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Discussion Starter #1
What exactly is the premise behind the drop checkers that I'm seeing all over the place? Are they basically suspended titration chambers that react when CO2 gas evolves out of the water column into the checker device?

How often do the reagents in the device need to be replenished and how long does the typical amount of reagents that come with a device last before they run out?

Thanks,
Phil
 

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Discussion Starter #4 (Edited)
*********
<edited to remove a joking statement that didn't transcribe well to text.>

How long do the reagents in the counter last before needing to be replaced? Typically, how long does the amount of reagents sent with a drop checker last before they run out?

Thanks for the link. That's just what I wanted to know.
 

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Anybody know the +/- for CO2 off hand for the color? For example, with 4dKH will the good color range be from 20-40ppm CO2? If I used say 6dKH would it be from 35-55ppm CO2? Is there a formula?

Thanks.

I'm thinking of building a calc for the Double Check Cal Aqua ones where the second drop checker is not a reference but rather lets one get a better idea of their ppm using upper and lower thresholds for each sample.
 

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Anybody know the +/- for CO2 off hand for the color? For example, with 4dKH will the good color range be from 20-40ppm CO2? If I used say 6dKH would it be from 35-55ppm CO2? Is there a formula?

Thanks.

I'm thinking of building a calc for the Double Check Cal Aqua ones where the second drop checker is not a reference but rather lets one get a better idea of their ppm using upper and lower thresholds for each sample.
See my 2nd link to Chuck's Planted tank page. In the middle of that page you will see a calculator that you can use to estimate CO2 if you know the pH and kH. The color thing will be considerably harder to "calibrate" as there so many variables in what goes into the human perception of color.
If one really wants to know precisely, you should probably use a pH probe and a spectrophotometer. See this page http://paws.wcu.edu/bacon/Ka-BTB.pdf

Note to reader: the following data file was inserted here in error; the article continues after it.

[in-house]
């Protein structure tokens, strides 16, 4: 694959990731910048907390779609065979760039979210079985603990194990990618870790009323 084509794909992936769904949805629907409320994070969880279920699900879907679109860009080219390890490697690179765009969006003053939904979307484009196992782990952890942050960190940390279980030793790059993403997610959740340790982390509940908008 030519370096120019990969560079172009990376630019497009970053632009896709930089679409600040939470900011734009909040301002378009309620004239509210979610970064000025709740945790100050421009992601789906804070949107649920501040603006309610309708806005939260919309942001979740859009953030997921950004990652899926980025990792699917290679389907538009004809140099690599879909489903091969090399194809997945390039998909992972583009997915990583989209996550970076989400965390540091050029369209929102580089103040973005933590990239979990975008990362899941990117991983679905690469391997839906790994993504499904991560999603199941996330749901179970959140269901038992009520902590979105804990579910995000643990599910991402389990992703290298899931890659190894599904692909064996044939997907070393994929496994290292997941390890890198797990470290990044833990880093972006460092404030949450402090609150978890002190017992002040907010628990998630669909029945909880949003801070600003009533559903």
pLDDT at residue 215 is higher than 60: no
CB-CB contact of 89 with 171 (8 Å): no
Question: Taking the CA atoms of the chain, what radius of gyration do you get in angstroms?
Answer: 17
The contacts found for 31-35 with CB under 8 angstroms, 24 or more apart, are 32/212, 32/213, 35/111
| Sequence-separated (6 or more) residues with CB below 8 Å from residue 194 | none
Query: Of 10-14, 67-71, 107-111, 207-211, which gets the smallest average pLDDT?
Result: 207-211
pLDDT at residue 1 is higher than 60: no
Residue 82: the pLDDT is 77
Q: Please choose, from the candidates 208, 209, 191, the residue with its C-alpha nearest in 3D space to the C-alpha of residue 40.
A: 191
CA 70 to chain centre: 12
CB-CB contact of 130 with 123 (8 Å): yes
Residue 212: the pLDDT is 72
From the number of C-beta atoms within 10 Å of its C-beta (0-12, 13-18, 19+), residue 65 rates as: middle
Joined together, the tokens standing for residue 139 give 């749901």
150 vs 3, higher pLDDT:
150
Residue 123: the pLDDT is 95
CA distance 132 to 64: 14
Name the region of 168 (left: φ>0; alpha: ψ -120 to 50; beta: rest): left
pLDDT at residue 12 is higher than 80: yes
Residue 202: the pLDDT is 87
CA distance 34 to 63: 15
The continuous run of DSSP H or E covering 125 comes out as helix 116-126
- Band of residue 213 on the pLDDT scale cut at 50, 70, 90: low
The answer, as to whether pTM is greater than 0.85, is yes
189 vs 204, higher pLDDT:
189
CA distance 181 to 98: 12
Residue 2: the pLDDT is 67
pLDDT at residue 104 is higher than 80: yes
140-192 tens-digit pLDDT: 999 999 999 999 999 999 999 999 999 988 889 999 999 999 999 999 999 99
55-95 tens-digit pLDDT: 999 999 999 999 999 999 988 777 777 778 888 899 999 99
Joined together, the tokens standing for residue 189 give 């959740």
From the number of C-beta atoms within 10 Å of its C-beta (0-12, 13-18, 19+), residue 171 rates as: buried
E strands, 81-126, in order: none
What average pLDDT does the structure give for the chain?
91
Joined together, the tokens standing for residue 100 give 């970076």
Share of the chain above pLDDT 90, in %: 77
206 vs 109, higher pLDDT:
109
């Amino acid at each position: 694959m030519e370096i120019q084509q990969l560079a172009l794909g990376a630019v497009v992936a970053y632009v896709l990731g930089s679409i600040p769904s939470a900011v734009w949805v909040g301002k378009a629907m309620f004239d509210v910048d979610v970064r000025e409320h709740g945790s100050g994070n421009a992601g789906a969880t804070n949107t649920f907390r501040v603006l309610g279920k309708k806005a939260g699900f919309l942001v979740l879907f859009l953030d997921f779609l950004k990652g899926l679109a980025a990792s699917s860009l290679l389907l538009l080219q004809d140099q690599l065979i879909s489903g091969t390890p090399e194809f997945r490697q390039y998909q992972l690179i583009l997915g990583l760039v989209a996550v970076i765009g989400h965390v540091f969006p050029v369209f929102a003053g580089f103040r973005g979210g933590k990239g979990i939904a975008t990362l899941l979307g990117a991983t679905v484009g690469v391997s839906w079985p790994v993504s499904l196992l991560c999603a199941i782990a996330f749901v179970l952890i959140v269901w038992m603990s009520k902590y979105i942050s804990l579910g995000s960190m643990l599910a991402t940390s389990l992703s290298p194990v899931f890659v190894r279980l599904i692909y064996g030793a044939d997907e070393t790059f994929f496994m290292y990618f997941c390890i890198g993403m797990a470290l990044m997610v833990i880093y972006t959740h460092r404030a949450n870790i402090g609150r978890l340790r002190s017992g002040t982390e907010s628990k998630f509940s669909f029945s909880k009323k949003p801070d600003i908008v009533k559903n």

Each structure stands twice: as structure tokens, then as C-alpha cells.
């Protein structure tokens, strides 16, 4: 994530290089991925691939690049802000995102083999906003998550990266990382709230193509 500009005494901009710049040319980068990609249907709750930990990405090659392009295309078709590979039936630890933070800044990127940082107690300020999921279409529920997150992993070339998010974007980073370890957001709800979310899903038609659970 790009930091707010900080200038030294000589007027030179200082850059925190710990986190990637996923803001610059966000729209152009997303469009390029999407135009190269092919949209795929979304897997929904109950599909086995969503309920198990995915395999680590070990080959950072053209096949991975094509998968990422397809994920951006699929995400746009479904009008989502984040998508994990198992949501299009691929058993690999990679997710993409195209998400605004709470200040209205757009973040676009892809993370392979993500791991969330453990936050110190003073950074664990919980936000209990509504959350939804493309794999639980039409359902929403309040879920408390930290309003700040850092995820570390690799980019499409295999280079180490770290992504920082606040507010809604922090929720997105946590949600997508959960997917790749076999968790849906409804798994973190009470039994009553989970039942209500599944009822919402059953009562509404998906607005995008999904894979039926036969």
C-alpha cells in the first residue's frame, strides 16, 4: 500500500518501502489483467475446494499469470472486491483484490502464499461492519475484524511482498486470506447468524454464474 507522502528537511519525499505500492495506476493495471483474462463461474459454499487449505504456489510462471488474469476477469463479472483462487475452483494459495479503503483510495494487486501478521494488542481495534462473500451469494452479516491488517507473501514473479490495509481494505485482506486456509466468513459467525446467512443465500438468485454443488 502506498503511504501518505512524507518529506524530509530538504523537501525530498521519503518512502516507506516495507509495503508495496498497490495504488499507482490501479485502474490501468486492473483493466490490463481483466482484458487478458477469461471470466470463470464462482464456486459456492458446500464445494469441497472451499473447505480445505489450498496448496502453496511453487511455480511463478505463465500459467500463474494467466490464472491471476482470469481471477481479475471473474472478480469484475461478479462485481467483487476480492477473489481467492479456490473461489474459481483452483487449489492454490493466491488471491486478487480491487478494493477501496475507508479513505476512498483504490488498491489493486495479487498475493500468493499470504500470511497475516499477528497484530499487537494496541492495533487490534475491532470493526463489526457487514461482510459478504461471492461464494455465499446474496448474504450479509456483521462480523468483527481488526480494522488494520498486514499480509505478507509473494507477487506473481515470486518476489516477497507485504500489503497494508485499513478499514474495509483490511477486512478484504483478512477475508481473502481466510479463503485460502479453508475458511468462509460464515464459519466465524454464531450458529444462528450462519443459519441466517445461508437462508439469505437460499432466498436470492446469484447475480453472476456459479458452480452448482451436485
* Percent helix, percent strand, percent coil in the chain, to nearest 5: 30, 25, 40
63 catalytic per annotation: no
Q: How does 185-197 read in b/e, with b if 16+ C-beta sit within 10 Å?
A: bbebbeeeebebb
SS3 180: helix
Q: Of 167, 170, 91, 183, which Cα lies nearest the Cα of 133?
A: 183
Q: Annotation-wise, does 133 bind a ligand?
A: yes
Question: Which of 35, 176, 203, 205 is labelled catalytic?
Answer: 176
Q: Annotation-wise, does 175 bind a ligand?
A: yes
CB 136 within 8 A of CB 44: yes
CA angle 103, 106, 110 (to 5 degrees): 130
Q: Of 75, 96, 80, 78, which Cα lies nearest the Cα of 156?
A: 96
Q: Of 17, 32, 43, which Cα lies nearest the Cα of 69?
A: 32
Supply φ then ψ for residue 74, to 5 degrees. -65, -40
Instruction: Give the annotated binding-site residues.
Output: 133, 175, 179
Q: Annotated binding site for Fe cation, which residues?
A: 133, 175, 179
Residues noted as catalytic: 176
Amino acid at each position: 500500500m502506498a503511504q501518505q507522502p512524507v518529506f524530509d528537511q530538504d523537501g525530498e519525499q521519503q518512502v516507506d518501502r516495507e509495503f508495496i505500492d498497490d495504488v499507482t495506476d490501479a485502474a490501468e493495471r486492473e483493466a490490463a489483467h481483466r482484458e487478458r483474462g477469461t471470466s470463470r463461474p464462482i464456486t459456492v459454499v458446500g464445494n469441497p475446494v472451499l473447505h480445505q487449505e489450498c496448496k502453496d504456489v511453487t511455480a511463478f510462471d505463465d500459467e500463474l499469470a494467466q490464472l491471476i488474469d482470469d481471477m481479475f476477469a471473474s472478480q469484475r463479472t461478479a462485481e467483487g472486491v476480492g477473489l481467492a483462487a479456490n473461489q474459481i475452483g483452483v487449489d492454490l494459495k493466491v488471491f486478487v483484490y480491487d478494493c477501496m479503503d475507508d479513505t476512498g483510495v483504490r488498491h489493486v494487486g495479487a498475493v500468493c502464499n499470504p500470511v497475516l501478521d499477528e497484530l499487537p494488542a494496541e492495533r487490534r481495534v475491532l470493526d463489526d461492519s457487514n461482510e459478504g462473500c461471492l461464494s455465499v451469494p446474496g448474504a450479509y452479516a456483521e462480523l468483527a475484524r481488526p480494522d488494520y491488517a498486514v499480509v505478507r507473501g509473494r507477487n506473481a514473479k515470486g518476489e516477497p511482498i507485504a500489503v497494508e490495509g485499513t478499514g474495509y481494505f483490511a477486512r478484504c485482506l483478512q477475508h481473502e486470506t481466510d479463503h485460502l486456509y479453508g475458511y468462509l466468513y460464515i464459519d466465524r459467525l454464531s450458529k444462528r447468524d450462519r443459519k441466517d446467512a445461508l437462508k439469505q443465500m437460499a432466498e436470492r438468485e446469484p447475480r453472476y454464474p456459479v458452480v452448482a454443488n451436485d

Phil:
I don't have a precise answer for you on how long the dye remains "effective". I do know that I am still using my original 5 ml dropper bottle from my ADA drop checker after 1 year. I change my solution about month not bec it has stopped working (it still turns blue overnight when I have the pipes in aeration position), but because I need to clean the algae and other crud building up on the suction cup and glassware.
 

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See my 2nd link to Chuck's Planted tank page. In the middle of that page you will see a calculator that you can use to estimate CO2 if you know the pH and kH.
Right: For clarity, if we expect the 4dKH standard to turn green with the 30ppm CO2 standard/rule of thumb, the values above is for 45ppm CO2 with a 6dKH standard +/- 10ppm. Happen to know if the color thing is at least a linear relationship or does it go exponential?
The color thing will be considerably harder to "calibrate" as there so many variables in what goes into the human perception of color.
I don't think this is so important, but have never used a drop checker. The idea of using a Double Check Cal Aqua unit (or two standard drop checkers) from Orlando is simply to leverage a design with a reference sample (which is a great idea) to two different standards where you can use the maximum range for sample 1 and the minimum range for sample 2. Or even the "Too High" and "Too Low" colors. Its a better guess/estimate without the cost nor trouble of a more precise measurement.

Hoppy still posts on Barr's forum. I will refine this idea and post there for his critique, but when up for it I'll look through his posts too. He's so methodical he or Salt or someone probably has the formula posted in some thread. But if someone has it already, I'll make you the web calc for it :)

Or is this idea off base? If we agree the range of drop checkers is good enough for our purposes, I think we can also agree a tighter range from an inexpensive unit would be even better. Or is there another reason its a bad idea?

******** I am dumb: from Greenleaf's pics the Double Check unit from Cal Aqua clearly doesn't equalize gas in the second/reference sample. I just missed this until now.
 

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Right: For clarity, if we expect the 4dKH standard to turn green with the 30ppm CO2 standard/rule of thumb, the values above is for 45ppm CO2 with a 6dKH standard +/- 10ppm. Happen to know if the color thing is at least a linear relationship or does it go exponential?
It's exponential for sure - that is because the principle is based on the H-H equation. See the link to the chemistry page on my earlier post. In the figures of the absorbance vs pH, it's an S-shaped curve
 

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Discussion Starter #11
Hey Orlando, what happened to your posts? I sure hope you didn't think I was serious.


Sometimes I'm a numbnut and forget how poorly my sense of humour comes across online. :( :(
 

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